|Elfquest: Legacy. Written by Wendi Lee, Joellyn Auklandus, and [Richard Pini]. Illustrated by various. 1v. (unpaged). (Elfquest Reader's Collection, v.11). $11.95. ISBN 0-936861-45-2.|
Having been charged with preserving the Wolfriders while the majority of them go off to fight for the Palace in Ascent and Reunion, newly fledged chief Ember and her small bandLeetah, Skywise, Pike, Moonshade, Redlance, Nightfall, Dewshine, Scouter, and pregnant Tyleet, along with their respective wolvesembark on a quest for a new Holt. At first, every decision is a test for Ember, as she struggles to determine which direction to take and how to find shelter in the open plains through which the band is traveling. To make matters worse, Moonshade freely expresses her doubts about and displeasure over Embers choices. It takes a series of dangerous encounters and a bout of insect-induced hallucination for Ember to understand and deal with Moonshades distress. Embers first chance to really shine comes when a period of bad hunting for the elves leads her to consider a source of food that they would have otherwise overlooked: mice.
Finally, the small band arrives at an island of rock in the ocean of grass. Though it had been inhabited, it seems deserted now, and the many caves and proximity to water make it a serious candidate for the new Holt. The discovery of a small spire shaped like a howling wolf settles the Wolfriders minds. However, as they start to move in, they are approached by a strange elf who can make himself invisible to the Wolfriders senses. He is Teir, beast-friend and loner who has lived among the rocks for many years with only animals to keep him company. Most of the Wolfriders take to him immediately; only Skywise is suspicious and wary. Teir stays distant from the little tribe at first, but gradually he begins to interact with them. Indeed, he and Ember are attracted to one another, though neither admits it. More urgently, the peaceful settling-in process is disturbed when a horribly mutated wolf attacks the Wolfriders during a hunt.
The story continues in Huntress.
So was my anticipation warranted in Legacy? Not to the extent I had hoped. After the high excitement of the war against Gromuhl Djun, the Holt quest seemedwell, not trivial, but less compelling. The few serious encounters that the elves had seemed more like throwaways than plot-advancing momentssmall battles to remind us that yeah, life is dangerous for the elves. Not that I expect the Wolfriders to be engaged in combat constantly (heaven forfend!), but I would have liked to have seen incidents that really affected their quest. For example, the entire story that Pike told about the Recognition between Hummer and Buckthorn was pleasant enough, but it had little to do with the larger story of the Holt Quest. In general, the relatively quiet events of Legacy seem to be an unnecessarily long set-up for the much more interesting plot in Huntress.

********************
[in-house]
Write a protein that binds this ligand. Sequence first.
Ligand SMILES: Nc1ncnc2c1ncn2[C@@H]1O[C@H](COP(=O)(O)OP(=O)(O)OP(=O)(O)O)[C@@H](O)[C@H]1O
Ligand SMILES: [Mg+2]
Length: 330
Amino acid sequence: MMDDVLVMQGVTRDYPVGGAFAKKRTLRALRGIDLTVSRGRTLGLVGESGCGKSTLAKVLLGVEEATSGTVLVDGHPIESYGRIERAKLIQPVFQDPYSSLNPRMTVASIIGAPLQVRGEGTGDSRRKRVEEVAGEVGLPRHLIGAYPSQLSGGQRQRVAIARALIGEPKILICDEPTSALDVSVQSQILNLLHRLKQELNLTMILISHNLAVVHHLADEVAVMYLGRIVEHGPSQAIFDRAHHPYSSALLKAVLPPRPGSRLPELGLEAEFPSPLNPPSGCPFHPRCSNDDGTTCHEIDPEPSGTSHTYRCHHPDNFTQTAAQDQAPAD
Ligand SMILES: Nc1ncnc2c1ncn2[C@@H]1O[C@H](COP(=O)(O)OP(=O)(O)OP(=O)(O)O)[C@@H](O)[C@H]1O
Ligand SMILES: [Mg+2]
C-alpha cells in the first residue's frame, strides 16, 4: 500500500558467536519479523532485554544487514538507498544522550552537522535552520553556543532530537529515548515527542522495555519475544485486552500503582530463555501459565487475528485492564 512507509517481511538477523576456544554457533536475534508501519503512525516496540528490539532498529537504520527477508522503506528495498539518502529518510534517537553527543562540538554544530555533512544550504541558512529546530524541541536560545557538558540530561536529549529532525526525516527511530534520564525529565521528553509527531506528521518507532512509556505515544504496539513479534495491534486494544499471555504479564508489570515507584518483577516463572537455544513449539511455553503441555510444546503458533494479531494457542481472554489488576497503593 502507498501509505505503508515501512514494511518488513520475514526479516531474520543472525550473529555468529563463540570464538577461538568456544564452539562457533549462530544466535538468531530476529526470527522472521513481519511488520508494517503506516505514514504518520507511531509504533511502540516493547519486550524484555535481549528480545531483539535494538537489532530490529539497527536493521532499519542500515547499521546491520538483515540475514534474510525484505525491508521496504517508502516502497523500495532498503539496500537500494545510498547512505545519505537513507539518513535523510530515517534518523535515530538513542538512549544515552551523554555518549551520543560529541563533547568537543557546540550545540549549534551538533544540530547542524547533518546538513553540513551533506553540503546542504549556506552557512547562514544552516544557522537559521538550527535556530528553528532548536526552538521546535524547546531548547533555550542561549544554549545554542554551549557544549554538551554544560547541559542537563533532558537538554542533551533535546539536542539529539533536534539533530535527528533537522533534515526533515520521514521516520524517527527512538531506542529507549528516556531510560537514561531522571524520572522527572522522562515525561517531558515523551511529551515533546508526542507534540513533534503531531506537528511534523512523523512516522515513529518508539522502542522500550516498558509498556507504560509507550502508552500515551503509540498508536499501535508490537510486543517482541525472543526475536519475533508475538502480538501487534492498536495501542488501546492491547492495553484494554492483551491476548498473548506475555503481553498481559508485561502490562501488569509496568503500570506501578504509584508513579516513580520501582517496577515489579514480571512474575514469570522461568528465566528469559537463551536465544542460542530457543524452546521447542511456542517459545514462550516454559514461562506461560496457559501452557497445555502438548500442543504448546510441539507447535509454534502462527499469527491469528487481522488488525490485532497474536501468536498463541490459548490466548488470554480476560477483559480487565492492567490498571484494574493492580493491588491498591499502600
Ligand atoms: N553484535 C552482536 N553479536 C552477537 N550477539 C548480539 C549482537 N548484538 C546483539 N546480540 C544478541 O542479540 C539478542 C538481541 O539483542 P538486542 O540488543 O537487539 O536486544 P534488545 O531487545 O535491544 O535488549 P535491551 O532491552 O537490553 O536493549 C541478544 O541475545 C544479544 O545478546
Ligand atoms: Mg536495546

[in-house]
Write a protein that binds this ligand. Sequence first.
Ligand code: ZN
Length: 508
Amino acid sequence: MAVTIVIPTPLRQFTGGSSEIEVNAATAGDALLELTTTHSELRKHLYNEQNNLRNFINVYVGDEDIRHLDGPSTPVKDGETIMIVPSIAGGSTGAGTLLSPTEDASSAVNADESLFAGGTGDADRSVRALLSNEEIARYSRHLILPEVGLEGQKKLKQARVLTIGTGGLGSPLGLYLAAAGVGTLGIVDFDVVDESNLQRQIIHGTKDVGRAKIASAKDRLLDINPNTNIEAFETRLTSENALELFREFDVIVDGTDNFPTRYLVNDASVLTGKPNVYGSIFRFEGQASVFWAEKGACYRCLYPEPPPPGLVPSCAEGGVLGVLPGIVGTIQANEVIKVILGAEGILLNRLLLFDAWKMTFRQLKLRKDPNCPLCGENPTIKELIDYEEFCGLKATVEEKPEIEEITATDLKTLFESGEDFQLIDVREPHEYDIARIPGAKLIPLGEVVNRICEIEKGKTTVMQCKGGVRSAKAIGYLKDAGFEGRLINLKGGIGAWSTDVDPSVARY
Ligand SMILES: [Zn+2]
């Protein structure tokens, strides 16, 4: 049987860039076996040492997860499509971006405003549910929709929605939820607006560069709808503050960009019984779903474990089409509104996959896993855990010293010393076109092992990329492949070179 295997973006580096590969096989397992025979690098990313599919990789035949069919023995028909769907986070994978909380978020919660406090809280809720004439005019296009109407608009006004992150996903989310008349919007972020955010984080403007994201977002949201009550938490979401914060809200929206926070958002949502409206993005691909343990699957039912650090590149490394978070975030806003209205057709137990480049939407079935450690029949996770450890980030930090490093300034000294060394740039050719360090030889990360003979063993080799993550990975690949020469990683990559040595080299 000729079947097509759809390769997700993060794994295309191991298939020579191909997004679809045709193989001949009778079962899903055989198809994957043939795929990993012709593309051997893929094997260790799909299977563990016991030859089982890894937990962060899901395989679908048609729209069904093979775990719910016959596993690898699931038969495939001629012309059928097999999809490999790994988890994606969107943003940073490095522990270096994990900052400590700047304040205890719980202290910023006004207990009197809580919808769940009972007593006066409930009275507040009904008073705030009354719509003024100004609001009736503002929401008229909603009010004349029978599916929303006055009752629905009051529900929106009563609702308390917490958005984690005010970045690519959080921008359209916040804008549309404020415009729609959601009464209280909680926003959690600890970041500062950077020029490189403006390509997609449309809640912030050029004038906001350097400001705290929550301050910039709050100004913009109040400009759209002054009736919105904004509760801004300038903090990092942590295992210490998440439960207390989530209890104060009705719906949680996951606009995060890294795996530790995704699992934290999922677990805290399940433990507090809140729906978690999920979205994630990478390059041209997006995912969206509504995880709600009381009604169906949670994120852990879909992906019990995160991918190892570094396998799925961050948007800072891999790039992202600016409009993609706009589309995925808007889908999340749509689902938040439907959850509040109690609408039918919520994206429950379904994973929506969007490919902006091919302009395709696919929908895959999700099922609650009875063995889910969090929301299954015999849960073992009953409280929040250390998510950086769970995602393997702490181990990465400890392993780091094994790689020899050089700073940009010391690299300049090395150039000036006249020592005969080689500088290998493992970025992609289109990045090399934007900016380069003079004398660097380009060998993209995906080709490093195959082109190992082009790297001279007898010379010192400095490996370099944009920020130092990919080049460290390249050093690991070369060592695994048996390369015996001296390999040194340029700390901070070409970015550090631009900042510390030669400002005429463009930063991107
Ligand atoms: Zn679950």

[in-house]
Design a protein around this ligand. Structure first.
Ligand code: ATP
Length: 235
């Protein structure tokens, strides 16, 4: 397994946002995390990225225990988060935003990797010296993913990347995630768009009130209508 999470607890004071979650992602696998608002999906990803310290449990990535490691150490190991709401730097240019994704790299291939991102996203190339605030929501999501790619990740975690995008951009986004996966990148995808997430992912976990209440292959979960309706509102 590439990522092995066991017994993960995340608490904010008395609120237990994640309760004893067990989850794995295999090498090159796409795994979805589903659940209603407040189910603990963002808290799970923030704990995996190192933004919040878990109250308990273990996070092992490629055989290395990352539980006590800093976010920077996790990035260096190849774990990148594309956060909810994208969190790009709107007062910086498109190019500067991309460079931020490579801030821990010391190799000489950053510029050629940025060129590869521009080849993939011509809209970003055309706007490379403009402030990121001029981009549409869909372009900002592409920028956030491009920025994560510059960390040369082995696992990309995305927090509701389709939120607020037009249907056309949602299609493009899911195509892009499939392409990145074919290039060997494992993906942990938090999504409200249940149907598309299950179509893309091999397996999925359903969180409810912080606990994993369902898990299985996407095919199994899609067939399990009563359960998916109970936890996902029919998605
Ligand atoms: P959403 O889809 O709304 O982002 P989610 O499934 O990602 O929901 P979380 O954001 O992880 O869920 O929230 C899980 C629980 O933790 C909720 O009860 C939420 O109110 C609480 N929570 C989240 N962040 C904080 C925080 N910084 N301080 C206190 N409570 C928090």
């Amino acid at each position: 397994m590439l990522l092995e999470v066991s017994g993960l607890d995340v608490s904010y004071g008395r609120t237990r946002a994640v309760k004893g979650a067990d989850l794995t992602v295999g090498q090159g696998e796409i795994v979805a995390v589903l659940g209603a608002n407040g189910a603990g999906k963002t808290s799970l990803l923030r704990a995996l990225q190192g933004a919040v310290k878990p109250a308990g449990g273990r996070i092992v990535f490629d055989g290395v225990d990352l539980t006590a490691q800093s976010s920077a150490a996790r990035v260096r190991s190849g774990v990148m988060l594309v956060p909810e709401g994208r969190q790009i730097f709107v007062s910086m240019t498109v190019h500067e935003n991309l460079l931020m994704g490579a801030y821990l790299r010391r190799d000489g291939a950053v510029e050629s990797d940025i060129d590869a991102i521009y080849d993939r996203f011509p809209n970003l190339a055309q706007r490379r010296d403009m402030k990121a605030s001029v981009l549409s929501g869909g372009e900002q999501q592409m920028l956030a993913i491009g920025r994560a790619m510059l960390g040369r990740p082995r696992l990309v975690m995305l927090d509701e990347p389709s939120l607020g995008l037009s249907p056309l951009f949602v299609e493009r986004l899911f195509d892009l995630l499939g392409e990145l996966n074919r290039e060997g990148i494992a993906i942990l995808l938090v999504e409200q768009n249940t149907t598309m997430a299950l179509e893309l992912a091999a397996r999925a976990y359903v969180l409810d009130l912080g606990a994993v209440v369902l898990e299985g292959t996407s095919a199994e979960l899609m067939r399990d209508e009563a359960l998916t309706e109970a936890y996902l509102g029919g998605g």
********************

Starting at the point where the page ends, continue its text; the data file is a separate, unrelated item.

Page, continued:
Another thing that bugged me was the treatment of Moonshade. She just didnt seem right. Yes, shes separated from Strongbow (of all the elves, their bond is probably the deepest), and yes, she thinks Ember is too inexperienced to be a chief, so she has a right to be upset and unreasonable, but she comes off as whiny and, dare I say it, even a little stupid. (At one point she says Strongbows soul name out loudeven though she was hallucinating at that moment, I cant believe that she would be careless enough to do that.) Moreover, the resolution of her troubles with Ember seems too rapid, too pat. Just because Ember starts directing a few more queries at her shouldnt soothe her fears about the untried chieftess. (Indeed, after the mouse hunt, Moonshade seems to be consulted even less than before.) The trouble could be that Moonshade has always been one of the subtlest of the Wolfriders, with few overt rough edges or distinct personality traits, and therefore the hardest for someone besides the Pinis to properly characterize.
Moonshades subtle personality is also evident in her appearance, and this is where the book is weakest: the art. The first few chapters are unusually clumsy. The later chapters are better, but none of the artists (a full five are credited, though not in the individual chapters) gets Moonshade right at all. In many cases I would turn to a page where she was depicted and wonder Now, who is that? before puzzling it out. Also, why the heck was this particular cover used for this book? It looks like it should have been used on Ascent or even Shards, not here.
Listen to me whine! Well, Im used to only the best in Elfquest, and to encounter less than that is disappointing. Of course, the book isn't all bad. Teir is a terrific new character; the new setting for the Howling Rock Wolfriders is extremely picturesque; the Mouse Hunt story was a good way for Ember to really show that shes a chief; and the Hummer/Blackthorn story was a nice glimpse into the Wolfriders past, whether it furthered the larger story or not. So I recommend the book as part of the series, with the caveat that for an Elfquest title its weak.
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